We have all known for a while that overeating carbs is largely responsible for unhealthy weight gain. But why one person can heavily indulge on carbs without putting on an ounce of fat versus another who can’t be in the same room as a piece of toast without putting on inches has long been somewhat of a mystery. Instead of investing money into expensive genetic testing, there is a quick at-home test that you can take for yourself to find out your ideal carbohydrate intake.
What this discrepancy really comes down to are the genes that have been passed down to you by your parents. Interestingly, we are not exact 50:50 genetic replicas of our parents. Depending on who you are, you may inherit more copies of genetic material from one parent over the other. This variation in the number of genes that have been passed down from parent to child, plays a major role in health and metabolism.
It also delivers various advantages and disadvantages when it comes to what our bodies metabolize, which is why it is important to know what diet your body is designed to eat. Most people have the enzyme, amylase, in their saliva that helps breakdown large, bulky starch molecules into simple sugars readily available for the body’s use. But the amount of amylase in saliva can vary greatly between individuals. Saliva can be packed with amylase or it can lack the enzyme entirely. Those who lack amylase do not break down carbohydrates effectively, leading to weight gain.
The starchier the diet of your ancestors, the more copies of the AMY1 genes that are responsible for amylase production have been passed down to you. So, if your ancestors were farmers who primarily ate cereal grains, the more AMY1 genes you have. However, if your ancestors ate more meat, then the fewer AMY1 genes you have.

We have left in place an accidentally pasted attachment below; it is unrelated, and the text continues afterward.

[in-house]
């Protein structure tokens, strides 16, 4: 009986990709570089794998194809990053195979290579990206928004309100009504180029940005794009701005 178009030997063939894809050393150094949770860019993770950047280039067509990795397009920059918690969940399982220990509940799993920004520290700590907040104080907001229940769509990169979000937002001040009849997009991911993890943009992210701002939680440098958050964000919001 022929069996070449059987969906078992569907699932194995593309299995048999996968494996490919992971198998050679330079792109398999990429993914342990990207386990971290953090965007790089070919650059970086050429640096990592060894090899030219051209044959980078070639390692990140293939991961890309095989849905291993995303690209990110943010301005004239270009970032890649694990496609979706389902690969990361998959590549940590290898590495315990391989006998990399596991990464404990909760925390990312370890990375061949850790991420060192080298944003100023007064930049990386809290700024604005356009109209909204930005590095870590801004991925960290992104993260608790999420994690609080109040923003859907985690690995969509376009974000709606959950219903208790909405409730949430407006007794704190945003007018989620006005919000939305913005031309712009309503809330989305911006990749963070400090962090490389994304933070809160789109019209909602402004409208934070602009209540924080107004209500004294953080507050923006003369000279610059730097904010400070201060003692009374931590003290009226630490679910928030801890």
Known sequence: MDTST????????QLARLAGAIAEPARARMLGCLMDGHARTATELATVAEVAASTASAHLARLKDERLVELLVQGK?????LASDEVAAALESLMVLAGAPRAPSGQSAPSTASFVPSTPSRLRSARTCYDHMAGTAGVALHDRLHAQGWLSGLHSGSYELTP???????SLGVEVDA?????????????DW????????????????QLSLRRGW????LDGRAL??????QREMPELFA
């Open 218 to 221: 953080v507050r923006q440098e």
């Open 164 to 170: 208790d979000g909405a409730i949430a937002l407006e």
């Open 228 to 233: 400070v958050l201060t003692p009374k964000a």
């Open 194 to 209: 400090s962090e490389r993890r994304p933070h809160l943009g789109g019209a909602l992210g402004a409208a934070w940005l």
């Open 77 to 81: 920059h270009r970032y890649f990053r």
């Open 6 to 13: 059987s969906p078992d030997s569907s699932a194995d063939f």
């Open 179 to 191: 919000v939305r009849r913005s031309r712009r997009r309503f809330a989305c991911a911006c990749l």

If you’ve ever been a person that has struggled with long-term weight loss, take the self-test to individualize and alter your carbohydrate intake level. By doing so, you can see which category of carbohydrate consumption you fall into, be it full, moderate, or restricted. There is no reason to eat genetically blind again!
To take the test, you’ll need one unsalted cracker or, if you eat gluten-free, a small piece of raw peeled potato will do, and a time and pen. The objective of this test is to record the amount of time it takes you to chew until the cracker or potato changes in taste from bland to sweet.
You will need to run this experiment three times to take the average of the times and collect enough saliva in your mouth to take the test.
First, place the cracker in your mouth, start the time, and begin chewing. Make sure that while chewing, you are incorporating saliva in with the cracker to aid in the breakdown of the carbohydrates. As soon as you notice a change in taste, or if you have reached 30 seconds, stop chewing, swallow, and record the time. Take the test two more times, add up the times, and then divide by three.
If it took from 0-14 seconds for the cracker to change taste, your Carb Consumption Category is full, meaning that you have 250g of carbs a day, based on a 2,000 calorie diet. This amount is roughly the same as eating four slices of bread and it also means that roughly 50 percent of your calories can come from carbs, 20 percent from protein, and 30 percent from protein fats.
If it took 15-30 seconds for you to notice change, then your Carb Consumption Category is moderate. By falling into this category, you can have 175g of carbs, which is roughly equivalent to three-and-a-half slices of bread. This means that 35 percent of your calories can come from carbs, 30 percent from protein, and 35 percent from protein fats.
Your Carb Consumption Category is restricted if it took 30 seconds or more to notice the change. If you fall into this category, then you can have 125g of carbs a day, which amounts to roughly three slices of bread. Twenty-five percent of your diet can come from carbs, 35 percent from protein and 40 percent from protein fat.
By following these rough dietary guidelines, you can avoid overeating in certain food categories. The biggest challenge people find themselves battling while trying to lose weight is unconsciously eating out of sync with their recommended diet. Knowing how much amylase your body produces is a valuable tool in controlling your carb intake and ultimately your weight.
Remember that regardless of what category that you fall in, your carb intake should never exceed 40 percent of your caloric intake from fats. If you follow this diet for a month, you should see the pounds start falling off and at the least see a spike in energy and health!